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Colwyn Bay, on the Irish Sea, has big tides and at some high tides water levels can rise by 8 metres or more. On windy days big waves are driven in and as the tide reaches its highest point they crash dramatically, in places causing spray to rise and splash over the sea defences. Regardless of the weather, for the gulls and wading birds that feed here it is business as usual. For people, walking along the promenade on such days can be hard work and exhilarating, but for the birds that feed here on Rhos Point it has to be business as usual and whatever the weather or state of the tide the birds know instinctively exactly when to arrive and depart to best take advantage of fresh deliveries or deposits of food.

Interested to see how the birds responded to challenging conditions, I took these photographs on an exceptionally windy day when the incoming tide was set to be particularly high.

12:51 – Curlews begin to leave.

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12:52 – Most of the oystercatchers that feed here don’t travel far, passing the time between the tide-turns gathered together on the rocks of the seabreak in Rhos Harbour, a short flight away. Some linger longer than others.

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Herring gull, Oystercatchers, Turnstones and Redshanks

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12:53 – A group of Turnstones all facing towards the incoming water

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12:54- Big and bulky, Greater Black-backed gulls seem impervious to the rough conditions.

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12:57 – This photograph of an adult and juvenile Great Black-backed gulls cries out for a caption doesn’t it? I’m leaving it to your own imaginations though.

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12:58 – Turnstones on the sea edge, most standing on stones to keep their feet out of the water.

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12:59- Another Curlew leaves, calling to announce its departure.

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12:59- Turnstones and Oystercatchers. Interesting that they are all facing towards the incoming water but weren’t actively foraging for food. I think they are all facing into the wind, which would make them more aerodynamic and streamlined so they don’t get blown over.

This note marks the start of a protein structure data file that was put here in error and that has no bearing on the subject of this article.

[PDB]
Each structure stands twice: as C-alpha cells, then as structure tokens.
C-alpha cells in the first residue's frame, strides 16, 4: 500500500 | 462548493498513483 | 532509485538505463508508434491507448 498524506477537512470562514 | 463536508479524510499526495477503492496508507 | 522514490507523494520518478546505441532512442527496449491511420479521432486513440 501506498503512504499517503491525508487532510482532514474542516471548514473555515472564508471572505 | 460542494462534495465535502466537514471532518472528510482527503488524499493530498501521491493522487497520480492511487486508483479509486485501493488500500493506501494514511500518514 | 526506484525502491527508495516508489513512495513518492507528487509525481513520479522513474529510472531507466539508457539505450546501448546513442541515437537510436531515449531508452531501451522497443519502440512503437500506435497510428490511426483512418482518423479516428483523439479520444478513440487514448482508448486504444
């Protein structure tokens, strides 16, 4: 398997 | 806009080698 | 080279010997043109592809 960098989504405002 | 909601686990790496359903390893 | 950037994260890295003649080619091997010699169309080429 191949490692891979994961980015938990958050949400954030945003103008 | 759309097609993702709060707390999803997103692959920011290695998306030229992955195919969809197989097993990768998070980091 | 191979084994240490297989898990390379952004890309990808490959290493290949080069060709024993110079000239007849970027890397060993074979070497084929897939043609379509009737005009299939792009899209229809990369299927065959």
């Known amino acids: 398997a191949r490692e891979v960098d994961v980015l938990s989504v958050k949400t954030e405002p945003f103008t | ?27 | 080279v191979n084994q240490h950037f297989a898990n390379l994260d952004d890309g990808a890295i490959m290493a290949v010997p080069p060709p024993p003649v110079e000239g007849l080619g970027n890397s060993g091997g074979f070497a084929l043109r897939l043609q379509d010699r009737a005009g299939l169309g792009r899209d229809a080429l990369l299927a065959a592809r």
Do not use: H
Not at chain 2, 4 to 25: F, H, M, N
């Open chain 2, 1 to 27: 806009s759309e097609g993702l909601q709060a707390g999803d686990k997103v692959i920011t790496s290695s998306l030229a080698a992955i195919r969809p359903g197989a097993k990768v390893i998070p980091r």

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13:00 –

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13:03- Smoothing feathers ruffled by the wind back into place.

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13:05 – A Turnstone takes a bath, or is that a jacuzzi?

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Turnstone rock- hopping to higher ground

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13:07- The Turnstones are more-or-less gathered together now. They are difficult to count as they merge so well into the background of small rocks, but I got up to about 56 individuals and I’m sure there were others behind rocks and one another, so the actual number is probably 60 plus.

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13:08- Some Oystercatchers are getting restless, preparing to go while others seem in no hurry

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13:12

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13:18- As the tide encroaches some begin to leave

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But the turnstones stay put, despite the rising water

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13:21- A Crow arrives and announces his presence loudly

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13:23- Another Oystercatcher is ready for the off.

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Some stay and scrutinise the water for any last-minute tidbits

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13:25: The Turnstones seem unperturbed by the water rising up around their small rock islands

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and are the last birds standing.

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13:45- The water has covered the Point.

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13:46

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Black-headed gulls are the only birds still flying. Low to the surface they seem to positively enjoy the rough conditions.

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13:50

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13:53 – The bigger gulls are unphased by the rush of the incoming tide and rather than fly away simply allowed themselves to be launched onto the water and rode the waves.

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13:54- Wind-driven waves smash onto a flight of concrete steps and shows how high the water would reach if the rip-rap defences were not there; those steps below the middle are worn smooth and their edges rounded by the regular scouring of the waves.

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Ivy Bee update